An FFT-Based Equation-Error Method
The algorithm below minimizes the equation error in the frequency-domain. As a result, it can make use of the FFT for speed. This algorithm is implemented in Matlab's invfreqz() function when no iteration-count is specified. (The iteration count gives that many iterations of the Steiglitz-McBride algorithm, thus transforming equation error to output error after a few iterations. There is also a time-domain implementation of the Steiglitz-McBride algorithm called stmcb() in the Matlab Signal Processing Toolbox, which takes the desired impulse response as input.)
Since is a quadratic form, the solution is readily obtained by equating the gradient to zero. An easier derivation follows from minimizing equation error variance in the time domain and making use of the orthogonality principle . This may be viewed as a system identification problem where the known input signal is an impulse, and the known output is the desired impulse response. A formulation employing an arbitrary known input is valuable for introducing complex weighting across the frequency grid, and this general form is presented. A detailed derivation appears in [78, Chapter 2], and here only the final algorithm is given:
Given spectral output samples and input samples , we minimize
Let : denote the column vector determined by , for filled in from top to bottom, and let : denote the size symmetric Toeplitz matrix consisting of : in its first column. A nonsymmetric Toeplitz matrix may be specified by its first column and row, and we use the notation :: to denote the by Toeplitz matrix with left-most column : and top row :. The inverse Fourier transform of is defined as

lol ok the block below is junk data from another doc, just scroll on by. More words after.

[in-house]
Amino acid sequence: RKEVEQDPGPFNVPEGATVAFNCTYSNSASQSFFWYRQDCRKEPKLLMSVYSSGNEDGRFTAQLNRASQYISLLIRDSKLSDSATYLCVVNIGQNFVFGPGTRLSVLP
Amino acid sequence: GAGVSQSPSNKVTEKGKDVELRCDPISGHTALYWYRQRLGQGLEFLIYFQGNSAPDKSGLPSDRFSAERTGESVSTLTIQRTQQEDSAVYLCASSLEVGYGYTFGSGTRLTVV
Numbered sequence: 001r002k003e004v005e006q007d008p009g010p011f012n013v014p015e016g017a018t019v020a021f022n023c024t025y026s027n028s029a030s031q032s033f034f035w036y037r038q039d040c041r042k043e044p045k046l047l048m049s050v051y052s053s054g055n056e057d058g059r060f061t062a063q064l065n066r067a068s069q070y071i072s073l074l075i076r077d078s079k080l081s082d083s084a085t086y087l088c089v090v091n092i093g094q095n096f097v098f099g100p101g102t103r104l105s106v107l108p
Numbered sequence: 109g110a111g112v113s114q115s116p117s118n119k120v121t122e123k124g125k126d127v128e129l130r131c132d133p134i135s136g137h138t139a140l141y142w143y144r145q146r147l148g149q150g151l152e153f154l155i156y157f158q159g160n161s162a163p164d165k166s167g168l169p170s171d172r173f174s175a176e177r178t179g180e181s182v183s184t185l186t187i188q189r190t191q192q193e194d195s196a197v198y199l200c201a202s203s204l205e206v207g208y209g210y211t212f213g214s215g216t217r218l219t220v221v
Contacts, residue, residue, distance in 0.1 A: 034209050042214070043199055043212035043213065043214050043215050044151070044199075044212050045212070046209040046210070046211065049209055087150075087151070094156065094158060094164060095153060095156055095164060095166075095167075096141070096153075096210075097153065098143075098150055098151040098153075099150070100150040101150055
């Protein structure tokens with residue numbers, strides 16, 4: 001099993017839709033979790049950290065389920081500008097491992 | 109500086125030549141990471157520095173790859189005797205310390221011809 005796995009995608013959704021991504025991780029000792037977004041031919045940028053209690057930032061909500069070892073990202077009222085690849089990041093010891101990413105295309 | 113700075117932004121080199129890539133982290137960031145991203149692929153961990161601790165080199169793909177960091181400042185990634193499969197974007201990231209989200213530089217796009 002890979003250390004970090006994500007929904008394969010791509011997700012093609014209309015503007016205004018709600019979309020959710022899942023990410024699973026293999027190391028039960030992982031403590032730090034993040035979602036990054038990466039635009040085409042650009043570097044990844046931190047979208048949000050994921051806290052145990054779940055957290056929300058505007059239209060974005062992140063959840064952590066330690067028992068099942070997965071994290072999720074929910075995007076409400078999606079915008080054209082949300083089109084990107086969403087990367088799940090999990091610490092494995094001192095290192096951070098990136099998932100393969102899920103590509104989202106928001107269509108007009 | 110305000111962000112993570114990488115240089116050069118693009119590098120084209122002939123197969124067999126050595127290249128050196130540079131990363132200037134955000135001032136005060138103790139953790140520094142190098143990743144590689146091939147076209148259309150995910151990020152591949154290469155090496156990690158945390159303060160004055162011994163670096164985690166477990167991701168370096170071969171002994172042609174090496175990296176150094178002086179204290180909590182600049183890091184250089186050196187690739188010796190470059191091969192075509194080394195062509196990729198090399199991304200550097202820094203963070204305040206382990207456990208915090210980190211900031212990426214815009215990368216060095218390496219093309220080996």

where the overbar denotes complex conjugation, and four corresponding Toeplitz matrices,
where negative indices are to be interpreted mod , e.g., .
The solution is then
There are several variations on equation-error minimization, and some confusion in terminology exists. We use the definition of Prony's method given by Markel and Gray . It is equivalent to ``Shank's method'' . In this method, one first computes the denominator by minimizing
This step is equivalent to minimization of ratio error (as used in linear prediction) for the all-pole part , with the first terms of the time-domain error sum discarded (to get past the influence of the zeros on the impulse response). When , it coincides with the covariance method of linear prediction [48,47]. This idea for finding the poles by ``skipping'' the influence of the zeros on the impulse-response shows up in the stochastic case under the name of modified Yule-Walker equations .
Now, Prony's method consists of next minimizing output error with the pre-assigned poles given by . In other words, the numerator is found by minimizing
The Padé-Prony Method
Another variation of Prony's method, described by Burrus and Parks  consists of using Padé approximation to find the numerator after the denominator has been found as before. Thus, is found by matching the first samples of , viz., . This method is faster, but does not generally give as good results as the previous version. In particular, the degenerate example gives here as did pure equation error. This method has been applied also in the stochastic case .
On the whole, when is causal and minimum phase (the ideal situation for just about any stable filter-design method), the variants on equation-error minimization described in this section perform very similarly. They are all quite fast, relative to algorithms which iteratively minimize output error, and the equation-error method based on the FFT above is generally fastest.
A View of Linear Time Varying Digital Filters